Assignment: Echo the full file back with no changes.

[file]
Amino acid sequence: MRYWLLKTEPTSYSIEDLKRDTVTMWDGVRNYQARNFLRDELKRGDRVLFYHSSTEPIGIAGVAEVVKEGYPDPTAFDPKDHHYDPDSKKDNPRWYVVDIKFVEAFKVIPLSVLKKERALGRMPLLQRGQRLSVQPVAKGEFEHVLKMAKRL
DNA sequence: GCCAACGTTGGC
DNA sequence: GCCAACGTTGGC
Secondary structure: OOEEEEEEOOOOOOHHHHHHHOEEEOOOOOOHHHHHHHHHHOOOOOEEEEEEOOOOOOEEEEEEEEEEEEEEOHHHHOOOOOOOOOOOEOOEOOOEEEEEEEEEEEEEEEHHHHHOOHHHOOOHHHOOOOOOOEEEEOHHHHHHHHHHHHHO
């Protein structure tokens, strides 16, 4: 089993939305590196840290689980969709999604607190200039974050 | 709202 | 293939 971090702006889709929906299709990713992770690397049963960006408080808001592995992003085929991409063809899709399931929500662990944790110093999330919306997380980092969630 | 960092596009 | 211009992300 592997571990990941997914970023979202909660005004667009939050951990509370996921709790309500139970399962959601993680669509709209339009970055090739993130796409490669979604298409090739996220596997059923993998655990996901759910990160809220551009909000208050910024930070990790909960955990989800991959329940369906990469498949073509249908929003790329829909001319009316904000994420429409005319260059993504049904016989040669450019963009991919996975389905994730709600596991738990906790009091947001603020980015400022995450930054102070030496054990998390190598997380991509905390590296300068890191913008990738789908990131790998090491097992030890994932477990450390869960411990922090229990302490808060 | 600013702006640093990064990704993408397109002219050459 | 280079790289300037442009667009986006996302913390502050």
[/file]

Amino acid sequence: MRYWLLKTEPTSYSIEDLKRDTVTMWDGVRNYQARNFLRDELKRGDRVLFYHSSTEPIGIAGVAEVVKEGYPDPTAFDPKDHHYDPDSKKDNPRWYVVDIKFVEAFKVIPLSVLKKERALGRMPLLQRGQRLSVQPVAKGEFEHVLKMAKRL
DNA sequence: GCCAACGTTGGC
DNA sequence: GCCAACGTTGGC
Secondary structure: OOEEEEEEOOOOOOHHHHHHHOEEEOOOOOOHHHHHHHHHHOOOOOEEEEEEOOOOOOEEEEEEEEEEEEEEOHHHHOOOOOOOOOOOEOOEOOOEEEEEEEEEEEEEEEHHHHHOOHHHOOOHHHOOOOOOOEEEEOHHHHHHHHHHHHHO
């Protein structure tokens, strides 16, 4: 089993939305590196840290689980969709999604607190200039974050 | 709202 | 293939 971090702006889709929906299709990713992770690397049963960006408080808001592995992003085929991409063809899709399931929500662990944790110093999330919306997380980092969630 | 960092596009 | 211009992300 592997571990990941997914970023979202909660005004667009939050951990509370996921709790309500139970399962959601993680669509709209339009970055090739993130796409490669979604298409090739996220596997059923993998655990996901759910990160809220551009909000208050910024930070990790909960955990989800991959329940369906990469498949073509249908929003790329829909001319009316904000994420429409005319260059993504049904016989040669450019963009991919996975389905994730709600596991738990906790009091947001603020980015400022995450930054102070030496054990998390190598997380991509905390590296300068890191913008990738789908990131790998090491097992030890994932477990450390869960411990922090229990302490808060 | 600013702006640093990064990704993408397109002219050459 | 280079790289300037442009667009986006996302913390502050």